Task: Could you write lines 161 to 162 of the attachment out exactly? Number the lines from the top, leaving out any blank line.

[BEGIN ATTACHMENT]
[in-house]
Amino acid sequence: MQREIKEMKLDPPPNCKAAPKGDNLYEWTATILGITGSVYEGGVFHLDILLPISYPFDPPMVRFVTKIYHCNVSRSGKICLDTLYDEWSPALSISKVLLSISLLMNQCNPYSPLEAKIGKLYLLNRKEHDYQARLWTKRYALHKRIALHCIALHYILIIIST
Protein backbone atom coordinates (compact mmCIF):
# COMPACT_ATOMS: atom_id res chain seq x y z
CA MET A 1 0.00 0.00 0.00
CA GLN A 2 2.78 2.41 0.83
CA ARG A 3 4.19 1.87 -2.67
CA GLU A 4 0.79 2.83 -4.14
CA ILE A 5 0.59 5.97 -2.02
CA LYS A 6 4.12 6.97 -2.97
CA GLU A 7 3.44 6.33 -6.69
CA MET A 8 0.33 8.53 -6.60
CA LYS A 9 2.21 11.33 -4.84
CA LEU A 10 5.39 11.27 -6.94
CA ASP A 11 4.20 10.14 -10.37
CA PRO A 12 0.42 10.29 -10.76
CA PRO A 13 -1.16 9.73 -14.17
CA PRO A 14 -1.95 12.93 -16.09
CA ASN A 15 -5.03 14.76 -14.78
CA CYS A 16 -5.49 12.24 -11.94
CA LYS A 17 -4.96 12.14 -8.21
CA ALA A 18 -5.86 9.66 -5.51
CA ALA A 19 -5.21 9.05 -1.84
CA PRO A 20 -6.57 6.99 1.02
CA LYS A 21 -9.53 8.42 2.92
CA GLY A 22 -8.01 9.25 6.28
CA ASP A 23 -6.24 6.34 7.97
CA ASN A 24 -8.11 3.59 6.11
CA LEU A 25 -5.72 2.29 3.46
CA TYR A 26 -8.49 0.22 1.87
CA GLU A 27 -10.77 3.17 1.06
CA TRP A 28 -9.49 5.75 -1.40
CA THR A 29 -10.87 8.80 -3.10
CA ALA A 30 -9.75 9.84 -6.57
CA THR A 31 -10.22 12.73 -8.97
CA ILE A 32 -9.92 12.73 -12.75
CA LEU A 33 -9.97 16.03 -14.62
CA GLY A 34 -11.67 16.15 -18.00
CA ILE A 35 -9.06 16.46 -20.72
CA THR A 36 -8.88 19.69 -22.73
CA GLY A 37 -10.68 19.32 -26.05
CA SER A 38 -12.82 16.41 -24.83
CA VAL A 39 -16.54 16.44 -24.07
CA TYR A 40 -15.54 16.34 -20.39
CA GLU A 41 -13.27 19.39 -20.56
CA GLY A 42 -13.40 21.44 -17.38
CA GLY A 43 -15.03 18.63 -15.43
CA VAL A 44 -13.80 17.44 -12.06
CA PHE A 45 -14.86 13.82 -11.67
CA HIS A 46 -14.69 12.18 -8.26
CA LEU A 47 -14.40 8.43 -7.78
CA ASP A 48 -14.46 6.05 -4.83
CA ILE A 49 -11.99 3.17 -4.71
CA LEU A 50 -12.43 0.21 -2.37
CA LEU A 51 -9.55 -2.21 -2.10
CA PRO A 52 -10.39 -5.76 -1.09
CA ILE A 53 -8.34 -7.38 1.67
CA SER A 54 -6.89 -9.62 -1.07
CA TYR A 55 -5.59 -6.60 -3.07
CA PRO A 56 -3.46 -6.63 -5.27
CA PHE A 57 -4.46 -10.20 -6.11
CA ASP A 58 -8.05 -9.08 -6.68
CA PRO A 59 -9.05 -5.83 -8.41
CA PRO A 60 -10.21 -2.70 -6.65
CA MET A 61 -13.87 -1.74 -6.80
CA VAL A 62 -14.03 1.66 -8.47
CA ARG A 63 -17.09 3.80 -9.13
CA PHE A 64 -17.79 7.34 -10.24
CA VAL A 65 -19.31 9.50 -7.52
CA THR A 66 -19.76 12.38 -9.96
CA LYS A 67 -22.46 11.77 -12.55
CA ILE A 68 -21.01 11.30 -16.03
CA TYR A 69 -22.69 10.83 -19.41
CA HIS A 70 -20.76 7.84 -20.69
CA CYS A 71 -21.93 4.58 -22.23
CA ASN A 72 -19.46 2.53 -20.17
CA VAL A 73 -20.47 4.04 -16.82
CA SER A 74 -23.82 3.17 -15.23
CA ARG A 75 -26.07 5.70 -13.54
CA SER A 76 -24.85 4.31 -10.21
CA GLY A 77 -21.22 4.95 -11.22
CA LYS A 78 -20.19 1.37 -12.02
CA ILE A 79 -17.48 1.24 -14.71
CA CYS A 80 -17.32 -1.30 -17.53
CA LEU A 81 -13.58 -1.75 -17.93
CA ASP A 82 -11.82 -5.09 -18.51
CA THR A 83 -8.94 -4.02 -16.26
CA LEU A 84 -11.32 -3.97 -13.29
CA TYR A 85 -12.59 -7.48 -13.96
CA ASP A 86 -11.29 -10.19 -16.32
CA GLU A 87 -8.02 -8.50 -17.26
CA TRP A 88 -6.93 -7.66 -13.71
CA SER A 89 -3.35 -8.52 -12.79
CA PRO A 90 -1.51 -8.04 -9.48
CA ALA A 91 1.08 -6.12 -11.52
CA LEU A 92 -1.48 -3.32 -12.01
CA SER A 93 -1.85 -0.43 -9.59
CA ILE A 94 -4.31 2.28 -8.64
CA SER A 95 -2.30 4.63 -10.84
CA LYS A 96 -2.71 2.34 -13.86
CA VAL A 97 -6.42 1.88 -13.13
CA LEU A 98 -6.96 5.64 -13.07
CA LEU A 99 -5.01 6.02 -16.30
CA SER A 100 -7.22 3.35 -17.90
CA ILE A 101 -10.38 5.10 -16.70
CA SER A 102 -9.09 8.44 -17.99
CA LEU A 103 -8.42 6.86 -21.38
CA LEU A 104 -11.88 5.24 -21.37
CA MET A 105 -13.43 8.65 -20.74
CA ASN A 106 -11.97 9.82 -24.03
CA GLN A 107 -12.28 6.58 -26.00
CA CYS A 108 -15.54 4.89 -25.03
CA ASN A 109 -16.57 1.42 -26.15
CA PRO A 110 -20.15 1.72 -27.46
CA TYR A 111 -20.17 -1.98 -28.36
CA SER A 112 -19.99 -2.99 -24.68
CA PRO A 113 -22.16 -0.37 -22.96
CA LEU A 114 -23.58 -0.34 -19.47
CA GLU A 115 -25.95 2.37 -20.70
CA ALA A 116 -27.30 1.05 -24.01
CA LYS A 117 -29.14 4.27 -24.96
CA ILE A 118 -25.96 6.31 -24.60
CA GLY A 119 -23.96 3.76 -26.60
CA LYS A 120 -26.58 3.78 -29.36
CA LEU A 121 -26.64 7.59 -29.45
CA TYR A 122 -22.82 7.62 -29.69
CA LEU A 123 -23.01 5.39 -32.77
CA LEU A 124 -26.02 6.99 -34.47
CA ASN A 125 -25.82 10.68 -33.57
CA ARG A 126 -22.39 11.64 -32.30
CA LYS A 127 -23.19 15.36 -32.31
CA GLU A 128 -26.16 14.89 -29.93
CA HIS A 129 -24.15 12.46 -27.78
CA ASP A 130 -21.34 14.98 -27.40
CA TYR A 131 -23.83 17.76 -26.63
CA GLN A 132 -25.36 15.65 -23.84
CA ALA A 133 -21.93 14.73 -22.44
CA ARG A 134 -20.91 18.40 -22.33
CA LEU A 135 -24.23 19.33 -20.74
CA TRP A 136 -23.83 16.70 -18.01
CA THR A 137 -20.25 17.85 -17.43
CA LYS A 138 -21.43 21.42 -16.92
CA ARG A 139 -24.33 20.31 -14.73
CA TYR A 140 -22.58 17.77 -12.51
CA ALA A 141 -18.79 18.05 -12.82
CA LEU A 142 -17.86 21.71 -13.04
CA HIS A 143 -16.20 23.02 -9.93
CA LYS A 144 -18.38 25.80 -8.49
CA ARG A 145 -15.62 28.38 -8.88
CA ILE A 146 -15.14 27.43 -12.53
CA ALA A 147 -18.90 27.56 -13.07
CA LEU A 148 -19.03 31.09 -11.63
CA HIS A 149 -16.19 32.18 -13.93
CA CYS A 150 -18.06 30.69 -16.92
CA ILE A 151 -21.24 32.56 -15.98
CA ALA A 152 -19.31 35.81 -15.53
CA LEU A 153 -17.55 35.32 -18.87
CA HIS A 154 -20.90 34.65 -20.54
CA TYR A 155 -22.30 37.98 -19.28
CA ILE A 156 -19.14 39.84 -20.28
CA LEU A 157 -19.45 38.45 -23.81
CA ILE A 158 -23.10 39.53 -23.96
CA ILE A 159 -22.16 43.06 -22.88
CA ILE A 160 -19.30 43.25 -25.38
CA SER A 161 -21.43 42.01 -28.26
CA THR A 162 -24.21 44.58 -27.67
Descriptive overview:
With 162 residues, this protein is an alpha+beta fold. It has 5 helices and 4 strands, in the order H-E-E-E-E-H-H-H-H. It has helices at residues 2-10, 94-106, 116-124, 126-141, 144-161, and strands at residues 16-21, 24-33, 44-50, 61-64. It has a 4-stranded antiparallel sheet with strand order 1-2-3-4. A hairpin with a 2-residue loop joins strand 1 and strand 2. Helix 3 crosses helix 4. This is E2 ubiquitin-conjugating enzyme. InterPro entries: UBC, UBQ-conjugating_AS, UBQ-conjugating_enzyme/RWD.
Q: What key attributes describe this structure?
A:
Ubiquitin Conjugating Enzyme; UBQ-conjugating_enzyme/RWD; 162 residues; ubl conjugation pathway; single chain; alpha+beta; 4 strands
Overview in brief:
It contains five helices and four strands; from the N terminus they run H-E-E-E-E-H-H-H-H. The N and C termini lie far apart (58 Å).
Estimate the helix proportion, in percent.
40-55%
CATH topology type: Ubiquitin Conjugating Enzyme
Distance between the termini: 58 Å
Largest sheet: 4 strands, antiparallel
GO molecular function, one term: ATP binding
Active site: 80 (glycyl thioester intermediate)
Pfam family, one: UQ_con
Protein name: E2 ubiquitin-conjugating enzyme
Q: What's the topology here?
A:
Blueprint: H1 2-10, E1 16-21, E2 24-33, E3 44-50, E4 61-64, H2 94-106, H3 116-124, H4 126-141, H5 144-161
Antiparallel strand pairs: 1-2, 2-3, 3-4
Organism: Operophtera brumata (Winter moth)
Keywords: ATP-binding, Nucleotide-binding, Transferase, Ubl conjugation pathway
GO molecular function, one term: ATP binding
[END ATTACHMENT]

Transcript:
CA LEU A 157 -19.45 38.45 -23.81
CA ILE A 158 -23.10 39.53 -23.96